With the passing of someone special in our lives, we all tend to find ways to keep that person with us, to fill the empty void & lessen the sadness by surrounding ourselves with mementos & keepsakes that have personal significance. We begin to connect with physical objects because they provide us with inklings & shadows of the person we remember & the memories we shared with him or her. If you have read one of my previous posts, The Victorian Tea Party, you know that I developed an affinity for tea cups & silverplate because those particular things reminded me of my grandmother & aunt, & having those items around me subsequently made me feel close to them once again. The same was true of Flora & her identifying with the sleigh bells hanging in my shop in my second post, Flora’s Gift. Further, it would not be a normal day if a customer didn’t come into my shop, pick something up & have it generate a happy recollection that they relay to me through a story. Vintage & antique pieces can almost be considered double the treasure because they always invoke pleasant memories of people from our past….& that helps to keep them with us. Even as a seller, I tend to gravitate to items that remind me of my loved ones & I like to sell them in my shop. It’s comforting. Take, for example, this old tooth powder tin.
It inspires a favorite memory of my grandfather. There was always a tin like this one in his cabinet above the bathroom sink because that’s all he ever used his whole life. No paste. How I loved to spend the night at his house because, when he wasn’t looking, my aunt would sprinkle some on my toothbrush & let me try it! More importantly, my grandfather never brushed his teeth; he washed them…..that’s what he called it. Only he didn’t pronounce the word quite that way. When he said it, it sounded more like “warsh.” My siblings & I would burst into a fit of giggles if he ever announced he was going to “warsh his teeth.” He’d ask, “What’s wrong with all of you, don’t you ever warsh your teeth?” & then call us all a bunch of silly willies. That would make us squeal even harder with laughter & he would just shake his head, chuckling, then head to the bathroom. This wonderful, funny remembrance of my grandfather comes from a simple, aged tin that anyone else would just take for granted. That is the power an old object can hold if we make a personal connection with it.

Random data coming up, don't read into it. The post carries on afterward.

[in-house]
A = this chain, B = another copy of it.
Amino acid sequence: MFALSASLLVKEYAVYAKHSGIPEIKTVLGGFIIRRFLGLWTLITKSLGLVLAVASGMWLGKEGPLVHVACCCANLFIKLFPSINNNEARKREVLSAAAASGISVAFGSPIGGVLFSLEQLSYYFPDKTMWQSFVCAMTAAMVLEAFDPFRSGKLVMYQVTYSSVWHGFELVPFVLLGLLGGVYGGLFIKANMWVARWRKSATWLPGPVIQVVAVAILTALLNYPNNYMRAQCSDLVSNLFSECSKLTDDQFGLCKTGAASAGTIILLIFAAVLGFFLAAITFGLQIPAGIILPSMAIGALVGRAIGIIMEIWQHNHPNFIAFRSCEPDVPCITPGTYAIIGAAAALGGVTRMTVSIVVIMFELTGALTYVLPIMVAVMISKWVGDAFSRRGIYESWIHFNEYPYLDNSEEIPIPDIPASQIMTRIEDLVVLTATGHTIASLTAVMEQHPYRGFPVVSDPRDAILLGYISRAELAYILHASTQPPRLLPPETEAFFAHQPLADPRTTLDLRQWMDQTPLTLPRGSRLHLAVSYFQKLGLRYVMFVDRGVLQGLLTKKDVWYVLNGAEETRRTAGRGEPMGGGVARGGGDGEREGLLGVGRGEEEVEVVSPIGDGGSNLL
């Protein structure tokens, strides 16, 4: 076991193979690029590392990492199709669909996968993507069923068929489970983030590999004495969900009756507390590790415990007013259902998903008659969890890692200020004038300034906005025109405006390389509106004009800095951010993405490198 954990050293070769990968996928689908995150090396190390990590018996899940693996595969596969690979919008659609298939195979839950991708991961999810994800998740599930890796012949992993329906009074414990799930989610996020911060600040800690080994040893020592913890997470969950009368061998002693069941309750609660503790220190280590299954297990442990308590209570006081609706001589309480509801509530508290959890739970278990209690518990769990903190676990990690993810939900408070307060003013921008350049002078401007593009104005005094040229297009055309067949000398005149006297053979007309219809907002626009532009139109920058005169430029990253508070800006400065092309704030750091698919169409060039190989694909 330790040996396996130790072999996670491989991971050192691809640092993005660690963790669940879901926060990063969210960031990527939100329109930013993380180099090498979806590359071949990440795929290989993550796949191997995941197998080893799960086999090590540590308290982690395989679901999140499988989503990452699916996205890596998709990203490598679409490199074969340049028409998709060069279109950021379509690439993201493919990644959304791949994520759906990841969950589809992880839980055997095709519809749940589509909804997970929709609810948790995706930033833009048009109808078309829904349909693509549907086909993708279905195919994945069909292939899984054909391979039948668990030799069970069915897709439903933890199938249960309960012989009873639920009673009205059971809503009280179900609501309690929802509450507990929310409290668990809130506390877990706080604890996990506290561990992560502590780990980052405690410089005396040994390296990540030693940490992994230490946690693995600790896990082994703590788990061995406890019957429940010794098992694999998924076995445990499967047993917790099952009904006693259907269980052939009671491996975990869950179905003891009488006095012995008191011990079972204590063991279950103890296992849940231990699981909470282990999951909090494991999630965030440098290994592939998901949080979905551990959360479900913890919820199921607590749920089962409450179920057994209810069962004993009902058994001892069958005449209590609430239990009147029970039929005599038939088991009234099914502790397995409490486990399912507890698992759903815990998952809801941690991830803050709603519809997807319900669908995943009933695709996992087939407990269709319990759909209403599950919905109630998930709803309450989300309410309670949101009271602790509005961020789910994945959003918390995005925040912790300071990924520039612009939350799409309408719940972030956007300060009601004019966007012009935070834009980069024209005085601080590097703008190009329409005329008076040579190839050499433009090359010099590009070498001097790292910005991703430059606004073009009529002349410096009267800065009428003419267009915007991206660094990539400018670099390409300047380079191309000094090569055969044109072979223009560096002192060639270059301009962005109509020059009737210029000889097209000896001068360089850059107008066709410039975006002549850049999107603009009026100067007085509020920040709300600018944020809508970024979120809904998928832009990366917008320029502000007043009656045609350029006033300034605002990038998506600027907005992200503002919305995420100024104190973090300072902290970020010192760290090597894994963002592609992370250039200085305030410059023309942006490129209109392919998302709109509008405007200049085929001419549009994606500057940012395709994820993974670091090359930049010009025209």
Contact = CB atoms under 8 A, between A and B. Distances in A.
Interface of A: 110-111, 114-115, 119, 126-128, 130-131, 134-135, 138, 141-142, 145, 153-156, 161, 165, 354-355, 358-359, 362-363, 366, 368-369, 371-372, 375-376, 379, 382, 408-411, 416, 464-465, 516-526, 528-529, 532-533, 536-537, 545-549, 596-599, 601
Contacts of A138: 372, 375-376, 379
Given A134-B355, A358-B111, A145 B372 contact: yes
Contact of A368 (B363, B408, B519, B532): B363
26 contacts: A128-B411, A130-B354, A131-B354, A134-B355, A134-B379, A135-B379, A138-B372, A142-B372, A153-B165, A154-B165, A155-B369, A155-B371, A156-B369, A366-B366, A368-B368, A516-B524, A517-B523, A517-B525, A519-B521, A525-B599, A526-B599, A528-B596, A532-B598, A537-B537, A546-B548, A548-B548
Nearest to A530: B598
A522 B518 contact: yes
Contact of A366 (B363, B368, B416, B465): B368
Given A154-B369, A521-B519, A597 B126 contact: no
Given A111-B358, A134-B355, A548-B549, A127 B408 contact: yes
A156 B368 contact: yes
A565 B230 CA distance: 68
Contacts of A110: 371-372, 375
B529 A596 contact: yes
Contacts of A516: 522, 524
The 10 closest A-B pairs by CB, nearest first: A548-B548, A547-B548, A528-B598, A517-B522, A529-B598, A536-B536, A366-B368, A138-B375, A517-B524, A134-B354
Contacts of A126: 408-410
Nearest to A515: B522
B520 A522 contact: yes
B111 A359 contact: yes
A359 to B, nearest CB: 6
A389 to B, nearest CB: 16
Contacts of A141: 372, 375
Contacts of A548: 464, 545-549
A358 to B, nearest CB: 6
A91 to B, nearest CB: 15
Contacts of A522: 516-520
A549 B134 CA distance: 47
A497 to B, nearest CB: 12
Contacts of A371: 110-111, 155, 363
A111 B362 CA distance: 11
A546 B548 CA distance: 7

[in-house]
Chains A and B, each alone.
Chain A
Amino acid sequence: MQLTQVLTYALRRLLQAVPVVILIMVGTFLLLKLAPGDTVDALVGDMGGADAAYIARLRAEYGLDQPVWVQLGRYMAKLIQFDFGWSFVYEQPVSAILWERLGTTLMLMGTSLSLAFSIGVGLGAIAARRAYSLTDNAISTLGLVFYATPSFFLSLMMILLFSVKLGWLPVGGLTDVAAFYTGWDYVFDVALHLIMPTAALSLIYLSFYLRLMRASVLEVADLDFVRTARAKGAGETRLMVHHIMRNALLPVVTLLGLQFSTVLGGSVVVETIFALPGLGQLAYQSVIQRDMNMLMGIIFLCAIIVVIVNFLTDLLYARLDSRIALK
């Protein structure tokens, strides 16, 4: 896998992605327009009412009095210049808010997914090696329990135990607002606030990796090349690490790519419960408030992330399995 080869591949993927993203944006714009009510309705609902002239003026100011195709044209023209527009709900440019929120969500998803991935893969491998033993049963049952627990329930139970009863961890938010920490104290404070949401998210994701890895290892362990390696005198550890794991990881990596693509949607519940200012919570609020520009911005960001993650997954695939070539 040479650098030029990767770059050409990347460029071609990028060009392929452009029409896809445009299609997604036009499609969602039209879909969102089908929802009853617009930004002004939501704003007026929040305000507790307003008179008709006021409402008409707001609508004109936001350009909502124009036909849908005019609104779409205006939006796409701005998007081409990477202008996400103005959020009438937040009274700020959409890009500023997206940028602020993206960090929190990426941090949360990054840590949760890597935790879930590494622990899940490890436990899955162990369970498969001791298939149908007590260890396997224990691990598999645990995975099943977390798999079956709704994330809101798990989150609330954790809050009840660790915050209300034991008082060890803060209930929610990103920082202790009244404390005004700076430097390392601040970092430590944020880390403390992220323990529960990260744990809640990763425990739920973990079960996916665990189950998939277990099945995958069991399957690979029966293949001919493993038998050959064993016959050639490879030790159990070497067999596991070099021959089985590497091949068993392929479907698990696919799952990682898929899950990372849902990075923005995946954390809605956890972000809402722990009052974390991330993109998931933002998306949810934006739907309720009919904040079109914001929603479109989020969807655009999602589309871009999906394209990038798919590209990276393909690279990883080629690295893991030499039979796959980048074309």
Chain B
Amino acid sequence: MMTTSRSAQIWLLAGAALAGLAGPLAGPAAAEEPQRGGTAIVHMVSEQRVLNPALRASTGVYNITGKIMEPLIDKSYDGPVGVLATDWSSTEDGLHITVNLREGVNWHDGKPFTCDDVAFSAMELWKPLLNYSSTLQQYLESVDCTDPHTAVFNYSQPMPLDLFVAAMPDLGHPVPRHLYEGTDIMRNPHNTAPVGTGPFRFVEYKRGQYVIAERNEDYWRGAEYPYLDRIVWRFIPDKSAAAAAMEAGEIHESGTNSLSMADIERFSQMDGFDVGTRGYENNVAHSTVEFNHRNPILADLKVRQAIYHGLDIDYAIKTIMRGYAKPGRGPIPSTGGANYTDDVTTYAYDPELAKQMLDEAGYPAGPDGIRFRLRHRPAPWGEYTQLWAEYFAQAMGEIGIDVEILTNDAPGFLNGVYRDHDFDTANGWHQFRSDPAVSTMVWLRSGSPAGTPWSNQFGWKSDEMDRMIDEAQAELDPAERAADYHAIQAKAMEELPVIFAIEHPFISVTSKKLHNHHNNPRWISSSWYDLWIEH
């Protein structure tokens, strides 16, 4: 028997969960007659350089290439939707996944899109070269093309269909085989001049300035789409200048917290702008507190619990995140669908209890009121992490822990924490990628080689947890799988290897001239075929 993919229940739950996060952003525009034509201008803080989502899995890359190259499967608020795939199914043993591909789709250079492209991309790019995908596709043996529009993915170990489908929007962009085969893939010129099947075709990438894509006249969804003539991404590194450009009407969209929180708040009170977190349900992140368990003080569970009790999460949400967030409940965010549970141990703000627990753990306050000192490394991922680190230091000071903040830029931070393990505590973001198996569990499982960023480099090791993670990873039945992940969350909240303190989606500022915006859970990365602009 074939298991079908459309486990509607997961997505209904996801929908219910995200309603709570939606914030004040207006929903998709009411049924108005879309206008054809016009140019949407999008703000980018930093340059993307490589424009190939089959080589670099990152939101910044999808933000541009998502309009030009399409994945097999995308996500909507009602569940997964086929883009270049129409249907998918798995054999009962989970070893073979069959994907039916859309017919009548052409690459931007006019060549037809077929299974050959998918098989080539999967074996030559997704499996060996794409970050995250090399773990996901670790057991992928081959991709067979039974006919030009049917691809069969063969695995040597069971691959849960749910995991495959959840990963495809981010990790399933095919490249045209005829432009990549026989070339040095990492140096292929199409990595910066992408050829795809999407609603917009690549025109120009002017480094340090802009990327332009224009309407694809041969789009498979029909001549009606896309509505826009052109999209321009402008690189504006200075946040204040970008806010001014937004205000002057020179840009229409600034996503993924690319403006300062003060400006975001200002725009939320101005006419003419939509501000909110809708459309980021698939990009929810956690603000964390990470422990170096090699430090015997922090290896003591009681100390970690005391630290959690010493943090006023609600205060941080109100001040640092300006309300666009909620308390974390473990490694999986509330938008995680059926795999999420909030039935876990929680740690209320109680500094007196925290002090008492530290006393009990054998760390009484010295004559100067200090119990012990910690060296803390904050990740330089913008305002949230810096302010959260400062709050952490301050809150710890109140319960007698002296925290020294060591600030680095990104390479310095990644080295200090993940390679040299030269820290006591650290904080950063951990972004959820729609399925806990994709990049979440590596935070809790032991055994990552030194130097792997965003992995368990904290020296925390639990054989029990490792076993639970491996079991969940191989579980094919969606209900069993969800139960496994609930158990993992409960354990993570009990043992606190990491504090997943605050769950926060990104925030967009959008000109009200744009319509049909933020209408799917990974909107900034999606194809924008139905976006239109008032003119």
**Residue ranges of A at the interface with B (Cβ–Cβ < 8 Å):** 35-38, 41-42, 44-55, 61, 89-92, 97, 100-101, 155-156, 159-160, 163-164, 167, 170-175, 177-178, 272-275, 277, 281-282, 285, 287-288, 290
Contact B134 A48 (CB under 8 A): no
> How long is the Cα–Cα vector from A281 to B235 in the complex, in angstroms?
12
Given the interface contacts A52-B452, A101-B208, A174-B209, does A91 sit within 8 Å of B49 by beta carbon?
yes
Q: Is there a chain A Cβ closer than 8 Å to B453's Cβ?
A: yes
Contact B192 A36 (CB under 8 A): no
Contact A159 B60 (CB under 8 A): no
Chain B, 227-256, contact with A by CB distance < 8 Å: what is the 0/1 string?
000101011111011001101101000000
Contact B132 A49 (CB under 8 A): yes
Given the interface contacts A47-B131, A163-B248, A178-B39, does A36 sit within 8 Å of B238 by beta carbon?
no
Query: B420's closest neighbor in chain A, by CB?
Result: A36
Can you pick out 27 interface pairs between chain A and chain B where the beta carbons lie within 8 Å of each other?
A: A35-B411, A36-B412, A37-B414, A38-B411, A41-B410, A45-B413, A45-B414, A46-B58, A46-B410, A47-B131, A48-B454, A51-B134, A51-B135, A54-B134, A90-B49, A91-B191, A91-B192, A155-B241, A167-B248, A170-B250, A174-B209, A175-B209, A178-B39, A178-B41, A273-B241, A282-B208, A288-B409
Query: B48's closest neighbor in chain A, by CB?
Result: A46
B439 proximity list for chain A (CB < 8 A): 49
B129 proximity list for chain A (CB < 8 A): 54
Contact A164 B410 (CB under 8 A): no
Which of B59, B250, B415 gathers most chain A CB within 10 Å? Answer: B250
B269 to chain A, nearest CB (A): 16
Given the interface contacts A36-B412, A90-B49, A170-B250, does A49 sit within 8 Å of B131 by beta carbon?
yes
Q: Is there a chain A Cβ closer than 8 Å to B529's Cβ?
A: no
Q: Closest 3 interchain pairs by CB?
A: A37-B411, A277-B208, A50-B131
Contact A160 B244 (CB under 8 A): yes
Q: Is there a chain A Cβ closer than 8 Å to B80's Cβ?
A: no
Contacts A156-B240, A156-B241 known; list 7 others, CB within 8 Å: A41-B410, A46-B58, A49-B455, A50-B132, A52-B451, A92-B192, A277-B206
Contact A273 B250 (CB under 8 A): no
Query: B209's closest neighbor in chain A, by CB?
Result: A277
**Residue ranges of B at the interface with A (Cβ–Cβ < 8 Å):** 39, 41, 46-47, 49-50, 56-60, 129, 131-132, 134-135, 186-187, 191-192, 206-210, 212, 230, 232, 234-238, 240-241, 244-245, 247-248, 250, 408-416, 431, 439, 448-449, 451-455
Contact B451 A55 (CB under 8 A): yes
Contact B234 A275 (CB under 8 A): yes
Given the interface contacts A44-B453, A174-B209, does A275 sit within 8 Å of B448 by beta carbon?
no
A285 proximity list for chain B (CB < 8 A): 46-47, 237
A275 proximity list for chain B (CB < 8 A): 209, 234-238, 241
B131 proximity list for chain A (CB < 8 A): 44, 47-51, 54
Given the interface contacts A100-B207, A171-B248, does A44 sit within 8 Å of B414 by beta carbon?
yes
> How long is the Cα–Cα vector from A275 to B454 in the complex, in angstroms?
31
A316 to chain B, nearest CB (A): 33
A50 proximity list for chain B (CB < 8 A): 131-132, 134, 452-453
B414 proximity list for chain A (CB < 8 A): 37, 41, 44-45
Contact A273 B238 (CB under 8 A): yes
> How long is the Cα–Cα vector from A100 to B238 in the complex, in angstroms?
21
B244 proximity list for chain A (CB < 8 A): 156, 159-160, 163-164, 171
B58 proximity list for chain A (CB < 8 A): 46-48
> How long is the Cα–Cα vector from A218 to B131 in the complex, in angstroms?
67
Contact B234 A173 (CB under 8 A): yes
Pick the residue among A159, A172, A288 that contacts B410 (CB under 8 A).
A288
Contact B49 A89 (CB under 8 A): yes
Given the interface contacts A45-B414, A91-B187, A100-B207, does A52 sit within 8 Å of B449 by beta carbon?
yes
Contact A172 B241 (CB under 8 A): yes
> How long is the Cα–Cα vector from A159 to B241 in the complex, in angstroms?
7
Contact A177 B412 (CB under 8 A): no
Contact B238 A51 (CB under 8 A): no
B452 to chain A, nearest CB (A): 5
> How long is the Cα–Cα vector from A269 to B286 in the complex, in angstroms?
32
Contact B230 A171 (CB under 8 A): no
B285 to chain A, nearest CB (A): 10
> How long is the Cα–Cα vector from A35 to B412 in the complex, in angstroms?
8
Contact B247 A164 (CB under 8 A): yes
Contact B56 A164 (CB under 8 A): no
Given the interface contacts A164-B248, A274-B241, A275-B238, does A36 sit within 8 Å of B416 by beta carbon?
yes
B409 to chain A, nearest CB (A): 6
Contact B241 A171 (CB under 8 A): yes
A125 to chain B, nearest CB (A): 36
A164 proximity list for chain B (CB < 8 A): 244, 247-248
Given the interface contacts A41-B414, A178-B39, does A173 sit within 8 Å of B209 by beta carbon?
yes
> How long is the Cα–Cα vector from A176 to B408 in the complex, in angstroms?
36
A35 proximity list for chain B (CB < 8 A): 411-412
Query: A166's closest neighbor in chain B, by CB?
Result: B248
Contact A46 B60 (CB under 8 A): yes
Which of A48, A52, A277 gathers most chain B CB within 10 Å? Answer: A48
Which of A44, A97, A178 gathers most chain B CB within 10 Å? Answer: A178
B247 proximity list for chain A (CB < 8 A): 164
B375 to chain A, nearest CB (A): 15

And such is the case with the little verse my grandfather left for me in my autograph album. Little did I know when he wrote it so many years ago that it would be so comforting & significant to me today. Particularly on this specific day & date….that is no coincidence. It’s discovery had impeccable timing & I know without a doubt it is my grandfather’s doing. Not only has he planted a seed of creative inspiration in my head with this lovely, old saying I found again, but I feel strongly it is him sending me a hug from heaven on this very special day. How do I know this with the utmost of certainty? Because my grandfather’s birthday was on Valentine’s Day.